Frida Kahlo's Roots
The more we know, the grimmer it gets. George Monbiot, Guardian, 3-13-09
Al Gore, the former US vice-president, delivers an upbeat assessment of the global response to climate change today, saying he believes a "political tipping point" has been reached which will enable leaders to avert environmental catastrophe. Guardian, 3-14-09
Climate Crisis: Somewhere Between Al Gore's Optimism & George Monbiot's Pessimism is Where We Need to Be
By Richard Power
I am a champion of Al Gore's visionary leadership on the Climate Crisis. But I also admire and respect the work of George Monbiot who writes on environmental issues for the Guardian. Monbiot is one of Al Gore's harshest critics.
Both Gore and Monbiot made important statements recently.
Gore surprised me with his optimism about the do or die conference in Copenhagen later this year:
"There is a very impressive consensus now emerging around the world that the solutions to the economic crisis are also the solutions to the climate crisis," he says. "I actually think we will get an agreement at Copenhagen."
While admitting there is a big challenge ahead, he says he is seeing signs of hope. "[Obama's election] is one of the main factors," he says. "But we also have a big ally in reality the planet is under assault. This collision with human civilisation ... is increasingly dire." World will agree new climate deal, says Al Gore
But responding to reports offering further evidence that scientists have seriously underestimated the impact of climate change, Monbiot laid down some even more inconvenient truths:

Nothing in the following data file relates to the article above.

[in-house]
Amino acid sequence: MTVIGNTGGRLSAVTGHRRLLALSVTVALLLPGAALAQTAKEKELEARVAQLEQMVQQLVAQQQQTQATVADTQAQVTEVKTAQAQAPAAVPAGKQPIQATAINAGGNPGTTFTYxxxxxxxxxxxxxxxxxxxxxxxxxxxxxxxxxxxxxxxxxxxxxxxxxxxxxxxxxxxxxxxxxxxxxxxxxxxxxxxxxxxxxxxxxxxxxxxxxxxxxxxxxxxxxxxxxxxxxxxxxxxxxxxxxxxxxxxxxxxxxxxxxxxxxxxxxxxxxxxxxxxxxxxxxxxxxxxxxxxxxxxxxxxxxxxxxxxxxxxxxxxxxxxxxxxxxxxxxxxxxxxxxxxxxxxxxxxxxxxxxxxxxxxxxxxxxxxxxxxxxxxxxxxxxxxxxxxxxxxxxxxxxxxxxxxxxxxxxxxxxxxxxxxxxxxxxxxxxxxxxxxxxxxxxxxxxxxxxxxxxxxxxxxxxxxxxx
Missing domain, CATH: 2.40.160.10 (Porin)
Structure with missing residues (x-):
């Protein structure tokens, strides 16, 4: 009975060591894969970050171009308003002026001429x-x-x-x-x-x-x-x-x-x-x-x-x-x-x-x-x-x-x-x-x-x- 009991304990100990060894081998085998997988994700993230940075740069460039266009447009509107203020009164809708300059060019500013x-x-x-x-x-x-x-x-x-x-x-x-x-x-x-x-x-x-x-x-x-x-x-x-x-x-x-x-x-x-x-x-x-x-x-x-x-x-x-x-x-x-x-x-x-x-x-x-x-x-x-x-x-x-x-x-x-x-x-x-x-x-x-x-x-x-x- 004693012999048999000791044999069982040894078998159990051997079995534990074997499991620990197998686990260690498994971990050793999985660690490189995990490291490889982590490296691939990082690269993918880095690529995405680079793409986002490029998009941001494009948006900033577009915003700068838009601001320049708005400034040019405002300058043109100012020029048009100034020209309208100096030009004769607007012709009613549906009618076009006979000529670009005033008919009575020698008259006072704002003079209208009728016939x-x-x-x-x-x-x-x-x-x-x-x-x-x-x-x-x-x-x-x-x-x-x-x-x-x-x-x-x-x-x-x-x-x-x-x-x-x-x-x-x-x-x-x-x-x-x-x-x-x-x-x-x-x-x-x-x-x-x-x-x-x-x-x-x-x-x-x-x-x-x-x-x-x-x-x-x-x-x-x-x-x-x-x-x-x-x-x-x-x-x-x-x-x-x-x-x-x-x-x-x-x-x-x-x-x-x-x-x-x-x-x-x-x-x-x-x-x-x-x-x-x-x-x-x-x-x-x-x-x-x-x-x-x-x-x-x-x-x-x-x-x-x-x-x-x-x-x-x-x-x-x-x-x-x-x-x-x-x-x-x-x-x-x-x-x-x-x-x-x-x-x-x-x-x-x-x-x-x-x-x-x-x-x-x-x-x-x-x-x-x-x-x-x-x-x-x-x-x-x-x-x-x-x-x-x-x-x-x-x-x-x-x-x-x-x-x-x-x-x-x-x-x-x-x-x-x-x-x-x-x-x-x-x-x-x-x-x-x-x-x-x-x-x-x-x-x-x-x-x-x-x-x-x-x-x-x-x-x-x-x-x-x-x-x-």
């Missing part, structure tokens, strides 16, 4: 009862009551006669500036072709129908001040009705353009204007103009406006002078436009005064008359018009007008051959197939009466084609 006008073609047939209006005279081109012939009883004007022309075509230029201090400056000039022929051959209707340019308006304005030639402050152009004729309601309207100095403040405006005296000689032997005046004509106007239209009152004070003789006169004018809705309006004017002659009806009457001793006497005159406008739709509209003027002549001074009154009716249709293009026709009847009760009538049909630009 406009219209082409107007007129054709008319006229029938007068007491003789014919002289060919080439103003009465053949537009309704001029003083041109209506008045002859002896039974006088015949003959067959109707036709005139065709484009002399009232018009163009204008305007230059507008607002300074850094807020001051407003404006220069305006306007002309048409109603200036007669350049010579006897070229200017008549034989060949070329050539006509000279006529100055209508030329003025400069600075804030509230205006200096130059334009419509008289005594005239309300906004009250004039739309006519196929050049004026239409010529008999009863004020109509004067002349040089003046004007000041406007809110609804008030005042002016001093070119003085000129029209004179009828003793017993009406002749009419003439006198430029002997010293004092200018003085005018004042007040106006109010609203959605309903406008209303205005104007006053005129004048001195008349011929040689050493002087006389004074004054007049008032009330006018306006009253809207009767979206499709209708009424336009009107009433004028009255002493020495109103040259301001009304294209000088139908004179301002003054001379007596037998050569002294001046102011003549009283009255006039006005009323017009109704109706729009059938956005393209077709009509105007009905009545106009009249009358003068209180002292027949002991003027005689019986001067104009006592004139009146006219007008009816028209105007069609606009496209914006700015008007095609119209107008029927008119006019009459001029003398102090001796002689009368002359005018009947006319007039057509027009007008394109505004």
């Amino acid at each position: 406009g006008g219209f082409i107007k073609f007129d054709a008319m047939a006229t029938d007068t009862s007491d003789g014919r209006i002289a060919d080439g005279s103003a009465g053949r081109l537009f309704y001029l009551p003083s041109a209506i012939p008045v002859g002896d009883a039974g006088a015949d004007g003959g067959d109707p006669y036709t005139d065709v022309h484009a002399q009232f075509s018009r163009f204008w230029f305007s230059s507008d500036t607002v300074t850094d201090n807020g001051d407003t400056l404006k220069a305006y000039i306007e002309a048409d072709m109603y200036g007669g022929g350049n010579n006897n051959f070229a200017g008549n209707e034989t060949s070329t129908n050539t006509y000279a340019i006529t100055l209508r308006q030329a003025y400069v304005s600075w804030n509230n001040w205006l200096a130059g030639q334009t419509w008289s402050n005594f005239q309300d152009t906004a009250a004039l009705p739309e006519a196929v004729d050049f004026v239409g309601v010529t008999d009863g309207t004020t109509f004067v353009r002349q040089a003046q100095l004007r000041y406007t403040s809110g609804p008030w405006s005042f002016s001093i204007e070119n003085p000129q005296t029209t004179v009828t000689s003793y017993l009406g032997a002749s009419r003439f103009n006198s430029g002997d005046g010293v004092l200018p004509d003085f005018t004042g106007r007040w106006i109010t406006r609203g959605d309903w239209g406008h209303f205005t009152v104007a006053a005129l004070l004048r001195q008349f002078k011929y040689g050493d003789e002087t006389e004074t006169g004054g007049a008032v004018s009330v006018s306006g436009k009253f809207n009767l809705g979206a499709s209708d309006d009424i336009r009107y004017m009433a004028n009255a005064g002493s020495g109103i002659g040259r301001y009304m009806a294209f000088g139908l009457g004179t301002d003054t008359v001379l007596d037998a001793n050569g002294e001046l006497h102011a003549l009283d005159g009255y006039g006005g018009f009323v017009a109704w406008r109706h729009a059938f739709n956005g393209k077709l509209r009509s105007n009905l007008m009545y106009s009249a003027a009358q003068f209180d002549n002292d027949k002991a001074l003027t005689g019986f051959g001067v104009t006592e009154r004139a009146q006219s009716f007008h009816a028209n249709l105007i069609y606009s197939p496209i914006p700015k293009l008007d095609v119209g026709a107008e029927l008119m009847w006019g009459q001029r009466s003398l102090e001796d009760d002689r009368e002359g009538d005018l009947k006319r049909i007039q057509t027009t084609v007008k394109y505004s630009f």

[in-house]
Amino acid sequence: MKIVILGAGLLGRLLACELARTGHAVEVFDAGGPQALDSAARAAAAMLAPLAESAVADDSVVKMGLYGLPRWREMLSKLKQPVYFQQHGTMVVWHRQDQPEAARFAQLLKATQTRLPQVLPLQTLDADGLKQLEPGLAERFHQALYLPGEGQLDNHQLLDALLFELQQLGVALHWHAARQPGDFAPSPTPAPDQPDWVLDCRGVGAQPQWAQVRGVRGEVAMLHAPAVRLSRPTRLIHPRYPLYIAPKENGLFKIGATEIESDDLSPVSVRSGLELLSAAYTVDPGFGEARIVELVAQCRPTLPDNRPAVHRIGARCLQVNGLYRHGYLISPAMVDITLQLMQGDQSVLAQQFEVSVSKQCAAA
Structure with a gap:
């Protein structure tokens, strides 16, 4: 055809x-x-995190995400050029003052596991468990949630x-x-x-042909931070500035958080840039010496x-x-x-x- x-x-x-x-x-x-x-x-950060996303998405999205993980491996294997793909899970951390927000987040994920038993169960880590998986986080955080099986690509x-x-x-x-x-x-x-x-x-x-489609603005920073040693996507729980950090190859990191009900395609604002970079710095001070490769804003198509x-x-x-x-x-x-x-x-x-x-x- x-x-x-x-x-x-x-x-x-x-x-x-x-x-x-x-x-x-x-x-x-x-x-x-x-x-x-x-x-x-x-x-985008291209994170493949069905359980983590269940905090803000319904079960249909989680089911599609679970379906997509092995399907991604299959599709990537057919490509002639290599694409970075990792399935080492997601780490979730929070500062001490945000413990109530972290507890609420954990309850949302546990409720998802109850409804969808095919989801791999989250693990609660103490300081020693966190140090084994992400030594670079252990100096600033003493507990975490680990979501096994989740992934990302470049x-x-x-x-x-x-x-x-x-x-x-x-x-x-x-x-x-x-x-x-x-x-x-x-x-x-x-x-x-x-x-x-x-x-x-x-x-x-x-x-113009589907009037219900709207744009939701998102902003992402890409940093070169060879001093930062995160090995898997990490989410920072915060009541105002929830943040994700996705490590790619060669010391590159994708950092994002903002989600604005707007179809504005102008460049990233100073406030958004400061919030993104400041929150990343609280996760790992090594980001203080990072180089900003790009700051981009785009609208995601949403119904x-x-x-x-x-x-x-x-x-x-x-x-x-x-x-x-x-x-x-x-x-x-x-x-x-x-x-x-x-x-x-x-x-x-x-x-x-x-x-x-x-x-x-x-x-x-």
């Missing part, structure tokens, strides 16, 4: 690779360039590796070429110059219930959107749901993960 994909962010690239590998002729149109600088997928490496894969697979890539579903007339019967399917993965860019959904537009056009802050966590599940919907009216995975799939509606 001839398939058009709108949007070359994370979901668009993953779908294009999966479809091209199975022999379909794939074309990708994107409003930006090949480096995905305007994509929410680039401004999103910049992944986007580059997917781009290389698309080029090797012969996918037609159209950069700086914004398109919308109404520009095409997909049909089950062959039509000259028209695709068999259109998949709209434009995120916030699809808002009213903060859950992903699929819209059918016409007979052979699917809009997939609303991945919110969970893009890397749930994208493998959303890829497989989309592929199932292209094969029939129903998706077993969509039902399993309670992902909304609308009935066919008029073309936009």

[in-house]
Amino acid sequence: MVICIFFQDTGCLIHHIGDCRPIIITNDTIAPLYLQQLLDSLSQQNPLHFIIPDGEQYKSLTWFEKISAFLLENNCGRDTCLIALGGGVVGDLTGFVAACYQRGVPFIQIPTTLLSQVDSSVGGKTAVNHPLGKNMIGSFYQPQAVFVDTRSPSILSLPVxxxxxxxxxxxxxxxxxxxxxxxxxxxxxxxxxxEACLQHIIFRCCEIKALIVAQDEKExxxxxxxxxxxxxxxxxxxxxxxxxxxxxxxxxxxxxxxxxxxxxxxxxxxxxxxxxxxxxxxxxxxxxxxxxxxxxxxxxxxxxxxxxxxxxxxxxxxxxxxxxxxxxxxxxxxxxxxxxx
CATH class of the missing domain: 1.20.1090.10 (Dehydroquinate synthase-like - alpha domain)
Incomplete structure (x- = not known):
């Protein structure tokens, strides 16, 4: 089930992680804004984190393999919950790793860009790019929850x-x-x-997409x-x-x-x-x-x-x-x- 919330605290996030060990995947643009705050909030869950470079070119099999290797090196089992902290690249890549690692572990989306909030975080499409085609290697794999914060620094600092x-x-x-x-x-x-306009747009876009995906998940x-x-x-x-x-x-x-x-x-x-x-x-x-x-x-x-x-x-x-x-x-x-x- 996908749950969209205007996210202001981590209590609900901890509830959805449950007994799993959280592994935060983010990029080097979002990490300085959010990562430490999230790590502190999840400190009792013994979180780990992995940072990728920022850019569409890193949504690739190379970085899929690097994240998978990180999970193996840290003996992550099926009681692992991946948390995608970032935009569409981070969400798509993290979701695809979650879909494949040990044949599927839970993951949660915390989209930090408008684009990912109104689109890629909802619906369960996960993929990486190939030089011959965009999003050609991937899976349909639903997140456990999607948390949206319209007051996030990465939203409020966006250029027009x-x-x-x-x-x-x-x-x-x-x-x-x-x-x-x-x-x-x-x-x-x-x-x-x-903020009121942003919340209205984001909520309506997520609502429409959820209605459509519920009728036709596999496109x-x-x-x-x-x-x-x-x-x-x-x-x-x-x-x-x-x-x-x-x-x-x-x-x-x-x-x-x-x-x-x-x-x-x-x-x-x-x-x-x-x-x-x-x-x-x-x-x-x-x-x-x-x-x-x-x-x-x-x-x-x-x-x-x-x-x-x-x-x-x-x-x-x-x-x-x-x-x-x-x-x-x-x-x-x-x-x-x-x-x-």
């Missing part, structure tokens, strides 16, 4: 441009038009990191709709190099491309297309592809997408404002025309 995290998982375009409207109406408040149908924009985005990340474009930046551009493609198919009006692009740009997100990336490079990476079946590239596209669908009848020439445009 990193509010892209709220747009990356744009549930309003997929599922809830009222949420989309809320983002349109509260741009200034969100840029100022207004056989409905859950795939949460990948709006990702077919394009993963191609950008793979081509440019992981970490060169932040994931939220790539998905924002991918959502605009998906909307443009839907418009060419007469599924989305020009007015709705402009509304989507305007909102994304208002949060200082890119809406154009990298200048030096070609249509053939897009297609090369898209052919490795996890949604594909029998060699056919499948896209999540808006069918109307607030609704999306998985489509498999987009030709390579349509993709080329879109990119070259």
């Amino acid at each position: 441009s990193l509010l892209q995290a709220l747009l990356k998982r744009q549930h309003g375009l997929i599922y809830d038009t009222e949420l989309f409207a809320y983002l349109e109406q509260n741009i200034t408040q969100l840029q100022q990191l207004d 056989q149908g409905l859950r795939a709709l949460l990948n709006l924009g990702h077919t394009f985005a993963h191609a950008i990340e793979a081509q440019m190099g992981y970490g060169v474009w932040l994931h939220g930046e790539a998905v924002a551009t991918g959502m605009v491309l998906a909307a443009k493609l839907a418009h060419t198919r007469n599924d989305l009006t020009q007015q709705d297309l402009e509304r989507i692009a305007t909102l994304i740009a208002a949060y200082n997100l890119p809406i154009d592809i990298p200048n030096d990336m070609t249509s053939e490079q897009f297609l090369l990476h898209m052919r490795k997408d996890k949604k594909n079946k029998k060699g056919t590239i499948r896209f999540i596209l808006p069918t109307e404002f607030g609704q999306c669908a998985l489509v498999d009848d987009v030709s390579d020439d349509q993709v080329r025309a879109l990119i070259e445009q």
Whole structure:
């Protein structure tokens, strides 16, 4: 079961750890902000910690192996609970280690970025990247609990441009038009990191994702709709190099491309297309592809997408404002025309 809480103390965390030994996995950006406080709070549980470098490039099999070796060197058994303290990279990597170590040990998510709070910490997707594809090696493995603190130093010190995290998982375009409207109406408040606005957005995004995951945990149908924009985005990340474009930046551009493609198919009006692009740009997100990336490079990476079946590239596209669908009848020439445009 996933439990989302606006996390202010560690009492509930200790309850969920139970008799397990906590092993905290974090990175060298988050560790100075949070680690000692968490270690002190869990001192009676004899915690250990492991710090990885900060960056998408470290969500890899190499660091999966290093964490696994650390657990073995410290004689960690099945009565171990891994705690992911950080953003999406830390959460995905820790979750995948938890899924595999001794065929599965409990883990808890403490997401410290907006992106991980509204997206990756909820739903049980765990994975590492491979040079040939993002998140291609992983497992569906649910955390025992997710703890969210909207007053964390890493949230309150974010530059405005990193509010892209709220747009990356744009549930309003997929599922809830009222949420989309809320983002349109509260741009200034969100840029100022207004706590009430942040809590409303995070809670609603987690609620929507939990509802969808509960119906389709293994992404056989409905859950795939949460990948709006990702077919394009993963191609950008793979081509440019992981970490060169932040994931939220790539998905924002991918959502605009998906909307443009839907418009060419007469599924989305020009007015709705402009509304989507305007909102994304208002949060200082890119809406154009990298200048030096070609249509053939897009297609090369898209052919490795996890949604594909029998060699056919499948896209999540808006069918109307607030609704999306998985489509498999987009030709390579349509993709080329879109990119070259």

Apart from the sheer animal panic I felt on reading these reports, two things jumped out at me. The first is that governments are relying on IPCC assessments that are years out of date even before they are published, as a result of the IPCC's extremely careful and laborious review and consensus process. This lends its reports great scientific weight, but it also means that the politicians using them as a guide to the cuts in greenhouse gases required are always well behind the curve. There is surely a strong case for the IPCC to publish interim reports every year, consisting of a summary of the latest science and its implications for global policy.
The second is that we have to stop calling it climate change. ... It's a ridiculously neutral term for the biggest potential catastrophe humankind has ever encountered.
I think we should call it "climate breakdown". Does anyone out there have a better idea? George Monbiot, Climate Change? Try, Climate Breakdown: What's clear from Copenhagen is that policymakers have fallen behind the scientists: global warming is already catastrophic, Guardian, 3-13-09
Somewhere between Gore's optimism (i.e., his confidence that a global agreement is possible in Copenhagen) and Monbiot's pessimism (i.e., his conviction that even if there is agreement it to will not be adequate to the task at hand) is the reality of our circumstances.
We will continue to keep pushing for the best of both points of view to be heeded.
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